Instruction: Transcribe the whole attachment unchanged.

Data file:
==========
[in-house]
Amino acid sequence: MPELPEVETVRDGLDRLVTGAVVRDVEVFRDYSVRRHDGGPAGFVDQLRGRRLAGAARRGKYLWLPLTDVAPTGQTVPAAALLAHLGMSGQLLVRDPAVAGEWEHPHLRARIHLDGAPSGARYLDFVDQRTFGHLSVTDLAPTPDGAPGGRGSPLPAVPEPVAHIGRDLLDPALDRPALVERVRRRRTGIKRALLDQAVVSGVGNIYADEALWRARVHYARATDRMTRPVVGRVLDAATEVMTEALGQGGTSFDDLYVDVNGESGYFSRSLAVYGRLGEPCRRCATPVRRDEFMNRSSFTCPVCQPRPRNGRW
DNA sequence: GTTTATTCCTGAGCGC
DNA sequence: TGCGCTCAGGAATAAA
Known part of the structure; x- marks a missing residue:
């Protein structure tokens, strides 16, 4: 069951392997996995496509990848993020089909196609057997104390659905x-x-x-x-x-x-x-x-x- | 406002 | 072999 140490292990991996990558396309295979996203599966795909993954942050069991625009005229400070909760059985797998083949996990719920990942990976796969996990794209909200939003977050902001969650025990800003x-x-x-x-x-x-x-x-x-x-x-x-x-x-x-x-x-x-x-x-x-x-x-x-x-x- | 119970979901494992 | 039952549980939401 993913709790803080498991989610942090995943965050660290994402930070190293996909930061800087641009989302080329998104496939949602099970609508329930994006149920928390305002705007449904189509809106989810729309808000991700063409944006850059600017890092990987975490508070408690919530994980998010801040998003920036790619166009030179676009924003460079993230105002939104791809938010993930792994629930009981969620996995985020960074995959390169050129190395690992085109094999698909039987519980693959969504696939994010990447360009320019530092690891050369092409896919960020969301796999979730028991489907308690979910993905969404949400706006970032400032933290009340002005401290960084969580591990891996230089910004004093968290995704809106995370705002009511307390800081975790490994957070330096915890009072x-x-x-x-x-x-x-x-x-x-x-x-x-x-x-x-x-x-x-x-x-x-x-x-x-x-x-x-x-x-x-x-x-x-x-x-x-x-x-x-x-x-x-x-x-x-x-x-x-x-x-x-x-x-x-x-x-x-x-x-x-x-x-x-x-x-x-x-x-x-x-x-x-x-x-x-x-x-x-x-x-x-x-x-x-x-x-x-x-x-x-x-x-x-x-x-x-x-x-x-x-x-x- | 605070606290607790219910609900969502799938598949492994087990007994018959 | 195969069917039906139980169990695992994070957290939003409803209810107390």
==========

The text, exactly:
[in-house]
Amino acid sequence: MPELPEVETVRDGLDRLVTGAVVRDVEVFRDYSVRRHDGGPAGFVDQLRGRRLAGAARRGKYLWLPLTDVAPTGQTVPAAALLAHLGMSGQLLVRDPAVAGEWEHPHLRARIHLDGAPSGARYLDFVDQRTFGHLSVTDLAPTPDGAPGGRGSPLPAVPEPVAHIGRDLLDPALDRPALVERVRRRRTGIKRALLDQAVVSGVGNIYADEALWRARVHYARATDRMTRPVVGRVLDAATEVMTEALGQGGTSFDDLYVDVNGESGYFSRSLAVYGRLGEPCRRCATPVRRDEFMNRSSFTCPVCQPRPRNGRW
DNA sequence: GTTTATTCCTGAGCGC
DNA sequence: TGCGCTCAGGAATAAA
Known part of the structure; x- marks a missing residue:
């Protein structure tokens, strides 16, 4: 069951392997996995496509990848993020089909196609057997104390659905x-x-x-x-x-x-x-x-x- | 406002 | 072999 140490292990991996990558396309295979996203599966795909993954942050069991625009005229400070909760059985797998083949996990719920990942990976796969996990794209909200939003977050902001969650025990800003x-x-x-x-x-x-x-x-x-x-x-x-x-x-x-x-x-x-x-x-x-x-x-x-x-x- | 119970979901494992 | 039952549980939401 993913709790803080498991989610942090995943965050660290994402930070190293996909930061800087641009989302080329998104496939949602099970609508329930994006149920928390305002705007449904189509809106989810729309808000991700063409944006850059600017890092990987975490508070408690919530994980998010801040998003920036790619166009030179676009924003460079993230105002939104791809938010993930792994629930009981969620996995985020960074995959390169050129190395690992085109094999698909039987519980693959969504696939994010990447360009320019530092690891050369092409896919960020969301796999979730028991489907308690979910993905969404949400706006970032400032933290009340002005401290960084969580591990891996230089910004004093968290995704809106995370705002009511307390800081975790490994957070330096915890009072x-x-x-x-x-x-x-x-x-x-x-x-x-x-x-x-x-x-x-x-x-x-x-x-x-x-x-x-x-x-x-x-x-x-x-x-x-x-x-x-x-x-x-x-x-x-x-x-x-x-x-x-x-x-x-x-x-x-x-x-x-x-x-x-x-x-x-x-x-x-x-x-x-x-x-x-x-x-x-x-x-x-x-x-x-x-x-x-x-x-x-x-x-x-x-x-x-x-x-x-x-x-x- | 605070606290607790219910609900969502799938598949492994087990007994018959 | 195969069917039906139980169990695992994070957290939003409803209810107390």